Last year, Bruni taught a course at Princeton. Though he was “in some way in awe” of the school, he realized that many students were tone deaf about their place in it, and the world.

One eating club tradition is “State Night.” Students dress, and act, “as if they went to a state school,” he said.

Part of the reason is that high school students in places like Westport hear messages about the perceived differences between private and state schools (and see “rankings” of every private school too).

College pennantsPart of the reason too is that some students spend so much time trying to “get in” that they don’t care much about what happens once they do.

“We have a generation of kids applying to 18 or 20 different college. They’re throwing darts at a dartboard. They can’t understand what all those schools offer. So once they get there, they don’t know what to do,” Bruni said.

Audience members had plenty of questions.

They wanted to know what Bruni thought about the importance of “making connections” at highly competitive schools. (He thinks that students at those college are already on the path to success. “If you’re someone who reaches far, it doesn’t matter which school gave you its imprimatur. You’ll get there.”)

There are plenty of reasons for this admissions mania, Bruni noted — and it’s not only parents who share the blame. Colleges “cynically” take measures to drive down their acceptance rates — like not requiring SATs, or sending information to students who are clearly not qualified — so their yields will look more impressive in the US News & World Report rankings.

The overflow audience at the Westport Library.

The overflow audience at the Westport Library.

Bruni says it’s important for “influencers” — teachers, counselors, anyone talking with students — to change the tone of conversations.

Of course, those conversations often begin at home. “Kids should not feel that where they go to college is a validation — or repudiation — of their parents.”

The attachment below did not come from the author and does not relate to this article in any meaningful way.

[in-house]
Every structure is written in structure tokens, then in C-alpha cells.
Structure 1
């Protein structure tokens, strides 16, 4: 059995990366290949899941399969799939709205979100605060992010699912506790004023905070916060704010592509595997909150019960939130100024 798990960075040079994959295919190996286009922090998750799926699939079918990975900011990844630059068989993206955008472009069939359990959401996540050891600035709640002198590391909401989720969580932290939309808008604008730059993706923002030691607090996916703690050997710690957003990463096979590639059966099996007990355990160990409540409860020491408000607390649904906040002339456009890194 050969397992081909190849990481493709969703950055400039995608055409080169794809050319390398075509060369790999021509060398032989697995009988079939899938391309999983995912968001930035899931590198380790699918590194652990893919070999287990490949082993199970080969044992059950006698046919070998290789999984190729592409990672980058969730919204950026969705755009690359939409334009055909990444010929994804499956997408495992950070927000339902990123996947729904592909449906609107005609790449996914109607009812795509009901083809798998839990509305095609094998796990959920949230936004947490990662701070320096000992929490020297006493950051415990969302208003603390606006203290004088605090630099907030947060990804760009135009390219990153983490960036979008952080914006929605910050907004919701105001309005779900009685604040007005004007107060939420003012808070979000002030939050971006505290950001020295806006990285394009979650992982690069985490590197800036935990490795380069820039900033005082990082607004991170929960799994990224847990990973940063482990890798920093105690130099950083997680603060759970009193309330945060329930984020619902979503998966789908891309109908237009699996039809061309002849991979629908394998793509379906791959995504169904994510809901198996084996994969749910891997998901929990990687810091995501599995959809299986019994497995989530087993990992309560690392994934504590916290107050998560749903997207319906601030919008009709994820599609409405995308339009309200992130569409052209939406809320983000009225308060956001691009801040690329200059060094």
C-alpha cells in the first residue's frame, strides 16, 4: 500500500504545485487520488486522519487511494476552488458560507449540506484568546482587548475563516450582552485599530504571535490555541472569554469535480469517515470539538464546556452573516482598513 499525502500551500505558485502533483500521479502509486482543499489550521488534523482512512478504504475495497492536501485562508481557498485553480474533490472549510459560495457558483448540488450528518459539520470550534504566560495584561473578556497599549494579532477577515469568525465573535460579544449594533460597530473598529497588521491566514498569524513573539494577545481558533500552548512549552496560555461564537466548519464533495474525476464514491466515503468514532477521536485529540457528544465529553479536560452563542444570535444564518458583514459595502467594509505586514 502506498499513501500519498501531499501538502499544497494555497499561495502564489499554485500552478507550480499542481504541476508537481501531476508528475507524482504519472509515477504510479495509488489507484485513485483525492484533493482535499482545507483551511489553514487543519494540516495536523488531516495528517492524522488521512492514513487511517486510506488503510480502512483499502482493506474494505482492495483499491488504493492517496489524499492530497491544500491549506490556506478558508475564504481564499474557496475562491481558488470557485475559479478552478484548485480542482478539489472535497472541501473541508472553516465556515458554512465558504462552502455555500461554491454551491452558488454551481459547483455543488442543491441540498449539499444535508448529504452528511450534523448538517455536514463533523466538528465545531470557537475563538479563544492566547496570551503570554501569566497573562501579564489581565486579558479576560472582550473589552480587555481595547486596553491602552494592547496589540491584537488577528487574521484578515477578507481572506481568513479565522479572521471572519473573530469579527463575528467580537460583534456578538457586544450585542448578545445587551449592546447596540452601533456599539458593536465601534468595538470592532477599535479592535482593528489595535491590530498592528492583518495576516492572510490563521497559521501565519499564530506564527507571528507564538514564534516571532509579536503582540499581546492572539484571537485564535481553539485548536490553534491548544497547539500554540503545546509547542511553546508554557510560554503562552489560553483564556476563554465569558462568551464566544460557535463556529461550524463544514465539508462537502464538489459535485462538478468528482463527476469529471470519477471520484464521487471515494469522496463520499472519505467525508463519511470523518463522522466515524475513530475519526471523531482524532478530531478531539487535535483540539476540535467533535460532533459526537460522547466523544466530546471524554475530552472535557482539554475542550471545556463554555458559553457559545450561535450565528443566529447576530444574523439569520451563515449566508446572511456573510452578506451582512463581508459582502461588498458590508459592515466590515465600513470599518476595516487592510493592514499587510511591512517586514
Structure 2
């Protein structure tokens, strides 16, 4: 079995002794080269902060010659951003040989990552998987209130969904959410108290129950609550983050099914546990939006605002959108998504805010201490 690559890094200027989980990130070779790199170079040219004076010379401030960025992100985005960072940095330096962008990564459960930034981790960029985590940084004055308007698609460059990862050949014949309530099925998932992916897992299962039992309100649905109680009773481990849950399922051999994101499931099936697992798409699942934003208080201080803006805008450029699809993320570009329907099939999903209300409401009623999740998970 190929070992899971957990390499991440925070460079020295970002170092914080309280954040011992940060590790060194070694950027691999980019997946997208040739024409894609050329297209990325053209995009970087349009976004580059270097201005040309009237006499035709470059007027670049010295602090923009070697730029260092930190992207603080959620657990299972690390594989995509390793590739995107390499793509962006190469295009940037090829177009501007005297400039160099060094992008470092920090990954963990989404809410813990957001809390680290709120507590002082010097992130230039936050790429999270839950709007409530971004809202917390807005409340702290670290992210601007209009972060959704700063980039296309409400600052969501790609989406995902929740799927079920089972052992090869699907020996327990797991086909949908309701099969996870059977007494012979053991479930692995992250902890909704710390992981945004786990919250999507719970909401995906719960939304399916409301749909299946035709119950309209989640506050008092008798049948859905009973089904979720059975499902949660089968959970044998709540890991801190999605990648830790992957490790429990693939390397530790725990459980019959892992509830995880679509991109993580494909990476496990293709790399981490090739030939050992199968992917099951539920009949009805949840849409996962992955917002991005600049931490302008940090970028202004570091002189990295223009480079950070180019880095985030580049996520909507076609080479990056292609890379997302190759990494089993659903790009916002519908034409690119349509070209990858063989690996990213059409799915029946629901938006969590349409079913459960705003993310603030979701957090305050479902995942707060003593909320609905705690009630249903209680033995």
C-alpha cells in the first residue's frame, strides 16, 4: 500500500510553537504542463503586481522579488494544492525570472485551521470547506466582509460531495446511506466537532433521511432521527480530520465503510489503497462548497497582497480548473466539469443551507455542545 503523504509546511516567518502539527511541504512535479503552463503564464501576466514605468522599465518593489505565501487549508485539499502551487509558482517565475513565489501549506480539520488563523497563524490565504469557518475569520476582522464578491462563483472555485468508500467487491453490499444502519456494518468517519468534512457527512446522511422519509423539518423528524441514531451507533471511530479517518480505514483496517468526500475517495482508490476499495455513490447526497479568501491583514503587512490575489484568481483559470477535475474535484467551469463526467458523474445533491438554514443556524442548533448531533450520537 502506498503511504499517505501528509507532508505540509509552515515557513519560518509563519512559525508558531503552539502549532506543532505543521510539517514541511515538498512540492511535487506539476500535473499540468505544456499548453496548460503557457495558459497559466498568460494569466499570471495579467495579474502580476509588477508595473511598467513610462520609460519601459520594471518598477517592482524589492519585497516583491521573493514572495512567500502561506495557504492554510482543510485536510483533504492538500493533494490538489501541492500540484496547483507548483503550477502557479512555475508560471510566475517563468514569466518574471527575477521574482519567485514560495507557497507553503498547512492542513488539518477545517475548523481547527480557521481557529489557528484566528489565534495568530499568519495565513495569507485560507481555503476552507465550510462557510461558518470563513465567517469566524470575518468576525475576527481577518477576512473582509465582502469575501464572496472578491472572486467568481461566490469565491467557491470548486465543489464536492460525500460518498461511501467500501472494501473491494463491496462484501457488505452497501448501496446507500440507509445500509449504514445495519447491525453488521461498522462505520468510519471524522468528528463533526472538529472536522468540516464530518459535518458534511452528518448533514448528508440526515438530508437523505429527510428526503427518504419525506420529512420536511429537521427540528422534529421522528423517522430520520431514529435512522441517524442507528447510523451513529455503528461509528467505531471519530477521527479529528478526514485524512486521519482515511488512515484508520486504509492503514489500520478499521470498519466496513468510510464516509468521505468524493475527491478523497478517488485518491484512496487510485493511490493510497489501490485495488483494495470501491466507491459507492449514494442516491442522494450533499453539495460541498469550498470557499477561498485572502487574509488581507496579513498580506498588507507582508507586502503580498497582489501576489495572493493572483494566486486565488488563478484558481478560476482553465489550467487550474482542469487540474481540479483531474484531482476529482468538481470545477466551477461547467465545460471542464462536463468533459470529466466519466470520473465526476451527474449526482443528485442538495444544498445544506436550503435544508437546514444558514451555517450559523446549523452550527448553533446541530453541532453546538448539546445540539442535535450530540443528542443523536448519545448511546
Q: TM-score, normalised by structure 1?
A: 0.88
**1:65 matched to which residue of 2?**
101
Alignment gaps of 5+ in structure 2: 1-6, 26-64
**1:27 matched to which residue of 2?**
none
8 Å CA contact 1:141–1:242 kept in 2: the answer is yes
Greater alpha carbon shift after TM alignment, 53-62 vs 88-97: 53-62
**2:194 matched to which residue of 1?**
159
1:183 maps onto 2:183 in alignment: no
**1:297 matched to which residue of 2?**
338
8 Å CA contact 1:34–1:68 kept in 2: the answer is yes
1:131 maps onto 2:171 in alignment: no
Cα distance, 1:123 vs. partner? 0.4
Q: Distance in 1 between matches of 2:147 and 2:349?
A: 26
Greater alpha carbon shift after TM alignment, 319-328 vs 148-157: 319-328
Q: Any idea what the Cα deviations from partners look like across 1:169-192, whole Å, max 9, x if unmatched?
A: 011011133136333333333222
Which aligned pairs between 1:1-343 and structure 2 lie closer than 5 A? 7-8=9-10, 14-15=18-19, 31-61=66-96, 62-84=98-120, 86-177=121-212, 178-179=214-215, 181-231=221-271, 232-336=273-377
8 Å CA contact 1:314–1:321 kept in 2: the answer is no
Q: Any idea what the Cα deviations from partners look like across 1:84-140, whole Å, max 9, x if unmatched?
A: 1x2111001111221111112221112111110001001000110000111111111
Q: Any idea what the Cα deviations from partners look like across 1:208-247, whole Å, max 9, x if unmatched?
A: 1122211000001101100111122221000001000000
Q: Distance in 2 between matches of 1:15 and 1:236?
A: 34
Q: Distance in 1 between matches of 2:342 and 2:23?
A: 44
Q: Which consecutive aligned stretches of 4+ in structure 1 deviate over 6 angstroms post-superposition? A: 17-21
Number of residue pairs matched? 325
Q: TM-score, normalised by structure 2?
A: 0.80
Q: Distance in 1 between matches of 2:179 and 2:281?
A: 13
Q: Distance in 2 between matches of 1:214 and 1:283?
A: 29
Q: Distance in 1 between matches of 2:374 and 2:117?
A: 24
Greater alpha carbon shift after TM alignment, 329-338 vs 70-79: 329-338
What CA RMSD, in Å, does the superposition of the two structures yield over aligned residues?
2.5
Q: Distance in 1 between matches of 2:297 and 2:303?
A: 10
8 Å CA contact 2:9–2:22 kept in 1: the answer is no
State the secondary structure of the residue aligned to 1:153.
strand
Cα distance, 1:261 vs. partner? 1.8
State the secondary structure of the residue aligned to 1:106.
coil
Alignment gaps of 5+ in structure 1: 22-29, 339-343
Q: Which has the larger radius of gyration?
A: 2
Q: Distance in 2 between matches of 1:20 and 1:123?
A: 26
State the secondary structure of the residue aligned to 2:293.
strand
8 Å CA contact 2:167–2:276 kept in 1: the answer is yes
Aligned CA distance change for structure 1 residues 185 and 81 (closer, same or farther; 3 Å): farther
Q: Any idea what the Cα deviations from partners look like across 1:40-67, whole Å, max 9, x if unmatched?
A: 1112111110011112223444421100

The crowd was large and appreciative. Bruni’s message was especially important for teenagers to hear. But there were very few of them in the audience.

I guess the sophomores and juniors were at SAT courses.

And the seniors were home, waiting to hear from 18 or 20 colleges.

Orphenians Rock San Francisco

Orphenians have been in San Francisco just a day. But already Staples’ elite a cappella choir has spread their music far and wide.

As their plane landed, the high school students gave thanks to the Jet Blue crew in song.

Yesterday — the day before beginning intensive rehearsals for the prestigious Chanticleer Youth Choral Festival — the students and director Luke Rosenberg toured the area.

There — atop Twin Peaks — they looked down on the city.

Once again, they sang.

(Hat tip: Betsy Pollak)

Surprise! The Post Office Is Too Small!

The brainiacs who moved the post office from downtown to Playhouse Square have finally realized that the present location is just a teeny-tiny bit cramped.

They’ve embarked on an expansion project. That’s the good news.

Post office - interior

The bad news is, the scene above is not substantially different from the way it’s looked for the past 4 years.

Remember “Kunepiam”?

A couple of weeks ago, I posted a story about a strange engraving, on an equally strange door, set in the brick wall that separates the train station parking lot from the lovely Stony Point homes just beyond it.

The engraving said “Kunepiam.” It was surrounded by what look like Native American pictograms, and perhaps settlers.

Kunepiam

No one was quite sure where it came from, or what it meant. “06880” readers thought it might have been part of witchcraft; perhaps a Christian symbol; maybe even more modern than anyone imagined. Mary Palmieri Gai wondered if it came from the Native American word meaning “long water land,” which Quinnipiac College was named after.

Yesterday, the Westport Library reference department posted the definitive answer. Most readers may have missed it — they were busy mourning the impending end of Mario’s, just across the tracks — so here is the complete result of what the researchers found.

But first, cue the applause for our library!

—————————————————

We started working on this question a few weeks ago when we saw this post. We are happy to report that “kunepiam” is derived from the Algonquin word “koonepeam,” meaning “thou art welcome.”